Federal jury gets case against market mogul


The government’s racketeering case against supermarket mogul George Torres went to a federal court jury Wednesday, with jurors essentially being asked to decide whether Torres is a legitimate businessman who surrounded himself with criminals -- or is a criminal himself.

During a three-week trial before U.S. District Judge Stephen V. Wilson, prosecutors sought to portray Torres as a ruthless entrepreneur who made millions in the grocery business by hiring illegal workers, failing to pay taxes, bribing a public official and arranging to have people killed when they crossed him.

“George Torres didn’t let anyone or anything stand between him and success,” Assistant U.S. Atty. Evan Davis told jurors, “certainly not the law.”


Defense attorneys, on the other hand, cast Torres as a hard-working businessman who was targeted by an overzealous Los Angeles Police Department detective and lying informants who were enticed with promises of cash and early release from prison in exchange for their testimony.

By some measures, the trial has not been going well for the prosecution. After the government presented its case, Judge Wilson dismissed the charges against Torres’ brother, Manuel, who had been a co-defendant.

The judge also ordered the jury not to consider testimony regarding one of three killings Torres is accused of orchestrating because there was insufficient evidence linking him to the crime.

The remaining killings are the most sensational allegations against Torres, whom prosecutors charged with racketeering under the theory that he ran a “shadow organization” to promote the success of his supermarket chain.

For instance, when a local gang member claiming to have ties to the Mexican Mafia tried to shake him down, Torres turned to Ignacio “Nacho” Meza, a member of his criminal enterprise, to take care of the problem, prosecutors allege.

Prosecutors say Meza carried out the killing Feb. 2, 1994, gunning down Jose “Shorty” Maldonado and wounding his pregnant girlfriend as they crossed the street near the main Numero Uno supermarket on Jefferson Boulevard south of downtown Los Angeles.


Years later, after Meza became deeply involved in the drug trade, and allegedly stole $500,000 from a safe in one of Torres’ stores, Torres arranged to have Meza killed, prosecutors say. Meza was last seen Oct. 5, 1998, after being lured to one of Torres’ markets on the promise that he could resume working there, they say.

The allegations rely heavily on the testimony of two witnesses, Raul Del Real and Derrick Smith. Both men were associates of Torres, and both are serving lengthy prison sentences for distributing cocaine.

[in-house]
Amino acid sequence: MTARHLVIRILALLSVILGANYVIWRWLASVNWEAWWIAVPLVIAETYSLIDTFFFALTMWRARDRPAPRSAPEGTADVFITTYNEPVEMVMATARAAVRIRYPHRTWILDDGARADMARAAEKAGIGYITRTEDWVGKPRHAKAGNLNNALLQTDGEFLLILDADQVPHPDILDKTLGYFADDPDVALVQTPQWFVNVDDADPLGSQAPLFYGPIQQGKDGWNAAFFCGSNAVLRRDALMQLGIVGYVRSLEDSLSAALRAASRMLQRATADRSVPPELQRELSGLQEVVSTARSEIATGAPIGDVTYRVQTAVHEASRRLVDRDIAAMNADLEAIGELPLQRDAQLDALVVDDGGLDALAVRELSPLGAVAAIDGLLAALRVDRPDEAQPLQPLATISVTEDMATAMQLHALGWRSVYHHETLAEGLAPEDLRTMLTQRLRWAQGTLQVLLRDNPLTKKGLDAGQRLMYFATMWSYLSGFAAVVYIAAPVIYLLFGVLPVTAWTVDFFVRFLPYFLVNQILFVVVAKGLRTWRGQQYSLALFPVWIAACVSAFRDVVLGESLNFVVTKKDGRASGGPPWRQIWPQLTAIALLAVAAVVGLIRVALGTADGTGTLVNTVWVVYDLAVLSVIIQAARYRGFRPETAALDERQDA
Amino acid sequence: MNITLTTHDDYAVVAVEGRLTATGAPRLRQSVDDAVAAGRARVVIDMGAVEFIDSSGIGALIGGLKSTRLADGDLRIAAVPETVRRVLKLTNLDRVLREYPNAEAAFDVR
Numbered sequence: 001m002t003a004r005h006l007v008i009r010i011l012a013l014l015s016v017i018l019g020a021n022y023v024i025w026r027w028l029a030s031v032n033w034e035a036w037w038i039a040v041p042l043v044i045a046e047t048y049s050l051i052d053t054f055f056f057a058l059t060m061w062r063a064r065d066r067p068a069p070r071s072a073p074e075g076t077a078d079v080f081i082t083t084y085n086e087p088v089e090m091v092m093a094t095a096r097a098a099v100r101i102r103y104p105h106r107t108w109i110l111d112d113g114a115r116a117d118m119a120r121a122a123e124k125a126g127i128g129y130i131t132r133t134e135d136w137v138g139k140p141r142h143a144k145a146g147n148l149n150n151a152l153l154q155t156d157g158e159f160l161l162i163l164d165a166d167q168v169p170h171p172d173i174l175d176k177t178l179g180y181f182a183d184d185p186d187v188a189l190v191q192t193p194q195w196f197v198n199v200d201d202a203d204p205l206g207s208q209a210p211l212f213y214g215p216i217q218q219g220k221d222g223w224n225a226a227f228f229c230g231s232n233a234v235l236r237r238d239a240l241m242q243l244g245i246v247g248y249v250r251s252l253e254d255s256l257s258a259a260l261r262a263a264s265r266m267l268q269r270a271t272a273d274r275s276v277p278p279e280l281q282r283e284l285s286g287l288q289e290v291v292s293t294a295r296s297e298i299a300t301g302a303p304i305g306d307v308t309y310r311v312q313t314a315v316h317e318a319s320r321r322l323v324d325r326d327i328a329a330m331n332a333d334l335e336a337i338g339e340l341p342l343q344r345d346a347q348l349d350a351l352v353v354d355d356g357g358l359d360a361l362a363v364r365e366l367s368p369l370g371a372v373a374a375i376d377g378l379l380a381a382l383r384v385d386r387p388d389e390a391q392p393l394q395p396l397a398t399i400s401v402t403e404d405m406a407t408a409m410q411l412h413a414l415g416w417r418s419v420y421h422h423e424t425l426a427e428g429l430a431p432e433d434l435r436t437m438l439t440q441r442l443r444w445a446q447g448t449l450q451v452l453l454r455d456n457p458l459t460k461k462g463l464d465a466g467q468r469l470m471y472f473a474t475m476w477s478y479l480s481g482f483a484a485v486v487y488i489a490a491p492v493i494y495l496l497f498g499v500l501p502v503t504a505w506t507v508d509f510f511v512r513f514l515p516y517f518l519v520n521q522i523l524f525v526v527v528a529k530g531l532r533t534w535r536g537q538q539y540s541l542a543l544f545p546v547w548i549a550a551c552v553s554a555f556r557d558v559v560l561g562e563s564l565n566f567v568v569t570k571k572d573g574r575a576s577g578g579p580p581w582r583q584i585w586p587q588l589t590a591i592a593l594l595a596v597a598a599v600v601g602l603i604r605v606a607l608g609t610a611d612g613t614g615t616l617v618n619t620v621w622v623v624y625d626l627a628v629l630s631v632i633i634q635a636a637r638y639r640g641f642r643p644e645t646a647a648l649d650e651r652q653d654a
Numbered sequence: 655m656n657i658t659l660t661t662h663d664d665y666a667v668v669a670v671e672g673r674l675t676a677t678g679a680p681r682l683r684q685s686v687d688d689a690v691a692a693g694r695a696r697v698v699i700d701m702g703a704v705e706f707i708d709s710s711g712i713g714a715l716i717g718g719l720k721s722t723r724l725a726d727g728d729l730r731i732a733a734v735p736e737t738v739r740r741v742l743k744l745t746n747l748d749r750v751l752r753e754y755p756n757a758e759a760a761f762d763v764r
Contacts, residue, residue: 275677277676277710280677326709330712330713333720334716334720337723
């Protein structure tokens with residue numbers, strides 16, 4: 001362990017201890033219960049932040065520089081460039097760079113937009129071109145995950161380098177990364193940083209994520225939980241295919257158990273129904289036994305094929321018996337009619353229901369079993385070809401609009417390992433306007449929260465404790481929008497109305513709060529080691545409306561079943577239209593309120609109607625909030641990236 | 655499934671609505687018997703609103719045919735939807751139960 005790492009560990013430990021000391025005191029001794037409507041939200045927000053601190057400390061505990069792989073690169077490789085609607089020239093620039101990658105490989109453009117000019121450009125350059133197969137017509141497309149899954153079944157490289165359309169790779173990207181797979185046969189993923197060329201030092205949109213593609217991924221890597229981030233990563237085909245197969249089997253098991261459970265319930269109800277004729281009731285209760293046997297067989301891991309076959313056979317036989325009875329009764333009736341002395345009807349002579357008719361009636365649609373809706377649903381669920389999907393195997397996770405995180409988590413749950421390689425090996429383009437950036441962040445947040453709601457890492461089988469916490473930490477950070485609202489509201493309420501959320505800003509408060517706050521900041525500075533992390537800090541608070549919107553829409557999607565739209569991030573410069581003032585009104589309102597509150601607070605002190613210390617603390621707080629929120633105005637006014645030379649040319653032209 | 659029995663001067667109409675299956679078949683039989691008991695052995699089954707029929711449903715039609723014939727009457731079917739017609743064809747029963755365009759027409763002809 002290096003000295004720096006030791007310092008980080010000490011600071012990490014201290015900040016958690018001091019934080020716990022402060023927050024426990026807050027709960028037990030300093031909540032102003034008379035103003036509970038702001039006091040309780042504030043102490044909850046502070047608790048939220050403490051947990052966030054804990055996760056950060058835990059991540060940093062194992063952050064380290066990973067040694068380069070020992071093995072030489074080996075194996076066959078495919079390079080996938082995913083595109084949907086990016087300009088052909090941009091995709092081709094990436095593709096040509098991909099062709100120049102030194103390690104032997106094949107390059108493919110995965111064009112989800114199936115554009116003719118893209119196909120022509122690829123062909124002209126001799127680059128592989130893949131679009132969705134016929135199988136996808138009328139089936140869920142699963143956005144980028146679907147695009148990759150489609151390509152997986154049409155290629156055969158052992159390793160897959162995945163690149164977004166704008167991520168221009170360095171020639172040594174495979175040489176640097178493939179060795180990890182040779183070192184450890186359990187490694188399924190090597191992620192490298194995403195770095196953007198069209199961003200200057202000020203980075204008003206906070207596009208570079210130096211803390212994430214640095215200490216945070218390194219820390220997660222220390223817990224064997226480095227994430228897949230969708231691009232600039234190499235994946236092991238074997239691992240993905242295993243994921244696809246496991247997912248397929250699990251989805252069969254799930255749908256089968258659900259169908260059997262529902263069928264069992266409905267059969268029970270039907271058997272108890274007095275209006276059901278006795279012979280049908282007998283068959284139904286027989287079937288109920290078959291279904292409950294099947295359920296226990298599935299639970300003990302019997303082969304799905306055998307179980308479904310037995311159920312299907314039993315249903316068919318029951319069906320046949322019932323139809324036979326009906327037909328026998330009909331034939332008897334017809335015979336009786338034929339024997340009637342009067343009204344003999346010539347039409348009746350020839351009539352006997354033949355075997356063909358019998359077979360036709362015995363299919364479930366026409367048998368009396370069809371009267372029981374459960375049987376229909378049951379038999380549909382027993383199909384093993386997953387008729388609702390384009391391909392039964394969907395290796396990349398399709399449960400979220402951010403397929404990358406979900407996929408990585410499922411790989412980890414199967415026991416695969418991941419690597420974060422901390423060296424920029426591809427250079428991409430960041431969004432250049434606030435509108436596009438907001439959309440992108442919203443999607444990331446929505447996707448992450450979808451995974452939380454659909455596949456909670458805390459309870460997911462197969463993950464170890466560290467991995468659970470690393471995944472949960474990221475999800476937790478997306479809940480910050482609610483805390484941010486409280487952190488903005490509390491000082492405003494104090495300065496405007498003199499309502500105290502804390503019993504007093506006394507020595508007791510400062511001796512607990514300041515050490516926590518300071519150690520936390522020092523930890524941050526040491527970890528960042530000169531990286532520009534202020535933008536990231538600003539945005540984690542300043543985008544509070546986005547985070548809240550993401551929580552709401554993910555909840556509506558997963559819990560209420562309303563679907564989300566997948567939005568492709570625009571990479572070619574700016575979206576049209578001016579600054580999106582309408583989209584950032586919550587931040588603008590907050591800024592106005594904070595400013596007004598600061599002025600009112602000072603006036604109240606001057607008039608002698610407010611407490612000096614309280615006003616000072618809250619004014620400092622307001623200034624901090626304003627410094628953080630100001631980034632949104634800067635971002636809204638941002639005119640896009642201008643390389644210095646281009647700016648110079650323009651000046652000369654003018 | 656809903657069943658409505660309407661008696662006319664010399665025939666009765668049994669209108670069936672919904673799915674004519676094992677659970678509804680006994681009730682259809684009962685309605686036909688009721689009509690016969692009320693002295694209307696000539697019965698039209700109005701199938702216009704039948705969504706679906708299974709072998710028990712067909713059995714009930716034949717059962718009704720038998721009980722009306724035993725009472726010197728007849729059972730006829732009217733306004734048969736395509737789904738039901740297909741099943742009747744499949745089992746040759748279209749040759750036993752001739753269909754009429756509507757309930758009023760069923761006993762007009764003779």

Smith, who grew up with Meza and dealt drugs with him, testified that he was present when Torres told Meza that “Shorty needed to be taken care of.”

Del Real, a major drug trafficker who admitted importing 2 tons of cocaine and marijuana into the United States, testified that Torres twice asked him to kill Meza as punishment for stealing the money but that he refused.

He said Torres later implied that he had Meza taken care of without Del Real’s help.

But neither Smith nor Del Real fared well under cross-examination by Torres’ lead attorney, Steven G. Madison.

Madison, a former federal prosecutor, got both to admit that they had been promised reduced sentences, cash payments and other favors in exchange for their testimony, despite having earlier testified before a federal grand jury that no such promises were made.


Madison also played tape recordings of Smith talking with Los Angeles Police Det. Greg Kading, whom defense attorneys accuse of improperly manipulating both Smith and Del Real into implicating Torres.

“It’s always this way, man,” Kading says, according to one recording that was made where Smith was in custody and subpoenaed by the defense. “I always have to come up with the answers and tell you and then you just say, ‘Yeah, you’re right.’ ”

Kading could not be reached for comment late Wednesday.

During his final comments to the jury, lead prosecutor Tim Searight seemed to acknowledge that Del Real and Smith had credibility problems. But he reminded jurors of what he called “the 500-pound gorilla” in the case: wiretapped phone conversations in which a foul-mouthed, fast-talking Torres appears to be up to no good with Del Real and others.

At one point, Torres asks for Del Real’s help when Torres’ son’s car is stolen from a Numero Uno store in El Monte. Torres tells Del Real to check with his street sources to see who may have committed the crime.

And he appears to tell Del Real to bring a gun.

“You got one on you,” Torres says. “Bring one.”